I do think it’s a form of vandalism, but I don’t think it’s necessarily a bad thing. What I mean is I think it’s a form of vandalism that can’t really be ethically condoned with as much simplicity as one would condone “destruction of public property” like randomly destroying phone-booths let’s say. It’s part of a dense urban phenomenon that actually ends up providing a lot for the community in which it appears, more so than it takes away. It can produce discourse about minority rights, taboos, the social/political status quo, in public realms (quite literally public spaces) where social palatability would normally dictate auto-censorship.

In your opinion, do you think graffiti artists can be called writers?
In as much as any artist can be said to have produced “text.”

What was your favorite you’ve ever done?
Hand of Fatima giving the finger with a caption that says “khuth”! (up yours)

I know you get a lot of fan mail, but the question is, do you get hate mail as well?
All the time, I’m not going to pretend to be a very big person. I’m an extremely insecure character and when we get hate mail I get a little f**ked up about it.

What is the content usually about?
Different things, sometimes it’s about the subject matter that we talk about. Sometimes they tell us your lyrics are shallow. I don’t know. I think with lyrics you can take a Haifa Wehbe song and choose to read into it as much as you want. That’s how literature and poetry work — you need to bring your own interpretation. Sometimes the stuff are really harsh, we’d get called names . Some people can be mean, some are nice but at the end of the day they’re just people.

Mashrou’ Leila in their concert in The Roman Theatre in Amman’s citadel, September 14, 2012. picture courtesy Art Medium

You mentioned earlier to
Tetu magazine that you witness “verbal abuse in the street.” Do such situations occur often? What was the last situation you went through and how did you react or handle the situation?
Bullying is a national sport in Lebanon. You can’t walk down the street without getting catcalls and snide remarks. The way I see it, there’s no sense in being melodramatic about it. Buy a pair of noise canceling headphones, raise the volume on your Mykki Blanco mix, and keep walking.

Ok, we tend to ask this question frequently. A lot of people are afraid of being alone and spending time by themselves. Many are embarrassed to be seen alone in public or entering places alone. Are you the kind who does well alone, or the opposite? And in your opinion, what’s the advantages of spending time by yourself?
I won’t even get off the bar and go to the bathroom alone! I hate being looked at and get extreme social anxiety in crowded places. Having a “bestie” by my side always calms me down. It makes me feel safer. Sometimes though, it’s important to spend time alone in a coffee shop with a good book.

There is definitely a shift in music-interest in the region, there’s always international pop-rock and there’s the regional commercial scene, you know, Haifa, Wael, Diana, Nancy… But now, there’s the underground, none commercial, independent scene, and  Leila is one of these major voices in the new generation. Do you think independent bands and singers less restricted socially, politically or within a specific form? Is the indie scene forming a sort of social therapy genre within music?
I think we all have structures to tackle. I think a lot of us (in the region’s music scene) react to the mainstream quite consciously, trying to resist everything it might offer, which actually makes us as much of a product of that mainstream as the people who overtly subscribe to it. I’m pretty sure I was like that, too, when the band first started, but then again I was 20. I think it’s easier for people to resist mainstream social conventions in the indie scene, sure, but I think it would be quite difficult for those people to contend to mainstream conventions in the indie scene, too.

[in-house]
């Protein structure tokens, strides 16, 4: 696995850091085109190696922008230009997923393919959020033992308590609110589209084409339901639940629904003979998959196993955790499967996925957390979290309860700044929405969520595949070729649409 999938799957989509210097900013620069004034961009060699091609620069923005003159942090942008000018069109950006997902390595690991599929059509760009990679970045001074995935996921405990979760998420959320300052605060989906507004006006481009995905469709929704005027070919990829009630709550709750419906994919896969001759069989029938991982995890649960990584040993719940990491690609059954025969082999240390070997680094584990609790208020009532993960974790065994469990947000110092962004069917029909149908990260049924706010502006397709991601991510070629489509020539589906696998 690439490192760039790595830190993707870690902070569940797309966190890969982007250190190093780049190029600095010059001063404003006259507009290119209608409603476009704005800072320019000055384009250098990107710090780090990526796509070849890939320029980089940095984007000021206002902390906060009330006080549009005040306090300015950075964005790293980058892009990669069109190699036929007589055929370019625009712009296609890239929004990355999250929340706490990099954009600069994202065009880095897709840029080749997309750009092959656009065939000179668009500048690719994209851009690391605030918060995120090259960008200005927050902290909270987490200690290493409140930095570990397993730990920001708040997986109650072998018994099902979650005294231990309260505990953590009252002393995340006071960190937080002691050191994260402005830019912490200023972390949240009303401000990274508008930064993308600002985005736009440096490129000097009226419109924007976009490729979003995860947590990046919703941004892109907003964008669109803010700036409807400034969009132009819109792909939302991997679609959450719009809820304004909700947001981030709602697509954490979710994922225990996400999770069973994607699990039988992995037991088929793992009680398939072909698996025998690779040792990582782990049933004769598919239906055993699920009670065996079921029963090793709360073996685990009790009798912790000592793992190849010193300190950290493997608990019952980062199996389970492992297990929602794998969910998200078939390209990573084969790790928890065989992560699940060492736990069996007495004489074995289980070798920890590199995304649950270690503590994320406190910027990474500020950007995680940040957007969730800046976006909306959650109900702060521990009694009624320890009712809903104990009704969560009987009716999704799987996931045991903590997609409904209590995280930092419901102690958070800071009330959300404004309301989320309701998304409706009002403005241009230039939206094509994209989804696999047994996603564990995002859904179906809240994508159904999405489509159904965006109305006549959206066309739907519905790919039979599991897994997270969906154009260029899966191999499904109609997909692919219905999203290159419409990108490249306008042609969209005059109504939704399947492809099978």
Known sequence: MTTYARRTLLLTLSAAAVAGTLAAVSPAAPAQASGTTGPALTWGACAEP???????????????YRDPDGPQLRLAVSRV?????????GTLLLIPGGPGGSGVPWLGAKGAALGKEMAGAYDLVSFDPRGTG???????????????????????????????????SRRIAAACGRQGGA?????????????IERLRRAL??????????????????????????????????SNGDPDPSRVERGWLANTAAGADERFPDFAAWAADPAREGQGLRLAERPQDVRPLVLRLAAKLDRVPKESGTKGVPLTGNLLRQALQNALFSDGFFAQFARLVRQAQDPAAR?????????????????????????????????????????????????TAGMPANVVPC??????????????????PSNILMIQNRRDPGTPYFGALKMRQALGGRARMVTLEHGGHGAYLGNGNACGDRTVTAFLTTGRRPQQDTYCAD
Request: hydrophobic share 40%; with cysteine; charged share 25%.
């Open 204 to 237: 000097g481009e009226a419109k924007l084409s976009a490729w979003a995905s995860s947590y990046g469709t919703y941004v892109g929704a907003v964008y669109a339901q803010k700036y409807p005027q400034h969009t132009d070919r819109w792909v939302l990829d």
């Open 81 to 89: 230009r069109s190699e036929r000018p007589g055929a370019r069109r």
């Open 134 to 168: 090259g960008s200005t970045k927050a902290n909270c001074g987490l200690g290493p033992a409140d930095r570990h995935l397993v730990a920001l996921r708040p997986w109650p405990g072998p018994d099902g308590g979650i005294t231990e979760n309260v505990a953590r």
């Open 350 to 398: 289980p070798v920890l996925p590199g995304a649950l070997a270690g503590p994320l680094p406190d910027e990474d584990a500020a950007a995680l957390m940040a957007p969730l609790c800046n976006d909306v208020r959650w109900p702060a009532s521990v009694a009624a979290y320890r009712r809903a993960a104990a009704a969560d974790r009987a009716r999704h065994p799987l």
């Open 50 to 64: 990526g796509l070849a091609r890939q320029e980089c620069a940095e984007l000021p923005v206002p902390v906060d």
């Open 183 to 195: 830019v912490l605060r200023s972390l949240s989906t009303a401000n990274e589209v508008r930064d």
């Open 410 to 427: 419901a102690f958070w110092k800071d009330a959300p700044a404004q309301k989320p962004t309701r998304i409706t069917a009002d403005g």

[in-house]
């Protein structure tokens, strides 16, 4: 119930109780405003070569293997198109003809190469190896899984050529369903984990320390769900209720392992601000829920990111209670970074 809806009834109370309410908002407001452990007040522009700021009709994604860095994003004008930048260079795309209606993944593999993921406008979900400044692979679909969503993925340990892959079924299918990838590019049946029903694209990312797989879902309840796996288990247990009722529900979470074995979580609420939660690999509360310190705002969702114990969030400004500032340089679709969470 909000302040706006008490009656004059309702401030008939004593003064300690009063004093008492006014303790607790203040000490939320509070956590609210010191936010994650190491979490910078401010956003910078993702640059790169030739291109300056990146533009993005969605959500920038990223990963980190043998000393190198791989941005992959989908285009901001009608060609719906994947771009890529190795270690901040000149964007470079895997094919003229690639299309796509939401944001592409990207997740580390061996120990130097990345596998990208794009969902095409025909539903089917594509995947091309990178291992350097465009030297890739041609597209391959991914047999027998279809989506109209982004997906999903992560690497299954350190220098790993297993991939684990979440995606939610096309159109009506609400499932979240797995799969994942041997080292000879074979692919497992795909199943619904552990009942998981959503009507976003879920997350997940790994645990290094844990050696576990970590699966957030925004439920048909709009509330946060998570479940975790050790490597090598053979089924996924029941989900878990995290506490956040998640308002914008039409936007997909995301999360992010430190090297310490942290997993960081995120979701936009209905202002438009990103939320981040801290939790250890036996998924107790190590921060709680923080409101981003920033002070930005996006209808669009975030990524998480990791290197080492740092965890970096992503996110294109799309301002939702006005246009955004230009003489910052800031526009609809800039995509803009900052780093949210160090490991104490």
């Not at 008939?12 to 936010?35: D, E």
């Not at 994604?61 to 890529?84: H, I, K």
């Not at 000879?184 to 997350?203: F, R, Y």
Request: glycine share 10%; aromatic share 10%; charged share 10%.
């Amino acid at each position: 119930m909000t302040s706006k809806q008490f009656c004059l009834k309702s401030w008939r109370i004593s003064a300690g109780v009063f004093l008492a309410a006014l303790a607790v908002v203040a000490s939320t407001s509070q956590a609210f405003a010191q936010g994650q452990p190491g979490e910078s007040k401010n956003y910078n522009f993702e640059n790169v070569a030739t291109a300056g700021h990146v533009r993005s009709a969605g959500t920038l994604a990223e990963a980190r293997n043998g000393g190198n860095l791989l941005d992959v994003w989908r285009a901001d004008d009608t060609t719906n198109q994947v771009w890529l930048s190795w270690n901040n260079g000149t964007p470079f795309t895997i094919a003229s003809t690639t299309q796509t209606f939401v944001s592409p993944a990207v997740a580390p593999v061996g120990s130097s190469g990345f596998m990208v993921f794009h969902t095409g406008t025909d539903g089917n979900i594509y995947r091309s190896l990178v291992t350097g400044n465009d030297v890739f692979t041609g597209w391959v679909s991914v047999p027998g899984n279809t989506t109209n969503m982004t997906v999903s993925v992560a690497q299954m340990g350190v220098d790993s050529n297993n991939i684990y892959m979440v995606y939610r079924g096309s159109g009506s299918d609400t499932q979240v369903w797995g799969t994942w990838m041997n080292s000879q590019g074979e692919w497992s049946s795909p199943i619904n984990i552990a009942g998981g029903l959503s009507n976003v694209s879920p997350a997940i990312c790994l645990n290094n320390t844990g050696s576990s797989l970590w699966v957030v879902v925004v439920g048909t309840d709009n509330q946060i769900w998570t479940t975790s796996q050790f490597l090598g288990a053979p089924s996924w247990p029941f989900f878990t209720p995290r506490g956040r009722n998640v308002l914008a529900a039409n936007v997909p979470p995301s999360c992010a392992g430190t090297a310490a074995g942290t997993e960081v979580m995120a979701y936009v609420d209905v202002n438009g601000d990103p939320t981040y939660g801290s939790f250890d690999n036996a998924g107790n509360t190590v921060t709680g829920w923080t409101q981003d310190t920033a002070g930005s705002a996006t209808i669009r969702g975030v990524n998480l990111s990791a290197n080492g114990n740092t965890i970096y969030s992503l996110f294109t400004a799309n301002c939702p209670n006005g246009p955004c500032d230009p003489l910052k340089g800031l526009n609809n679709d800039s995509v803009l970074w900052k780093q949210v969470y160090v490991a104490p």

You’ve recently traveled to Montreal for a concert and to work on/record the new album. So what about the new album? Is it different than the previous two?
It’s nothing like the previous two. The sound is a lot more complicated, the lyrics are a lot less obvious, it’s a lot more pop . And I’m really excited about it. We have amazing producers, and we’re so happy to be working with them. They’re giving us a lot of input on the sound and how things are recorded, that kind of stuff. It’s been quite a new experience, but it’s not done yet. We’re recording and I still don’t have half the lyrics. I have literally books and books of one liners and notes and stuff, so the compositions are still getting changed daily and we are adding a lot of new instruments. And as I noted earlier, the subject matter isn’t as evident as it was in the first album.

Hamed on Leila: Would you please introduce us?
Omaya is a very sober character. She always brings us back down to earth. She’s also one of the most beautiful women that I met in my life. She’s very talented. We’re very close, and we talk about all sorts of secrets. I love her to bits. Firas is the backbone of the band, hands down. I think I get a lot of credits just because I’m the front man of the band but all the magic happens with Firas. He’s incredibly talented and very smart. He’s also very hardworking. Ibrahim and Carl are the bassist and the drummer. The rhythm section. They have exactly what we want, they’re super cool, and Carl is hilarious. Haig is a very interesting character because he’s secretive. He’s extremely intelligent. I love the way he plays, he has a kind melancholy about his violin — it’s beautiful, I think it’s a big part of the bands identity.



Behind the scenes of Mashrou’ Leila, Hamed Sinno, cover shoot for My.Kali’s November/December 2012 issue. (Pardon us for the bad quality of the video)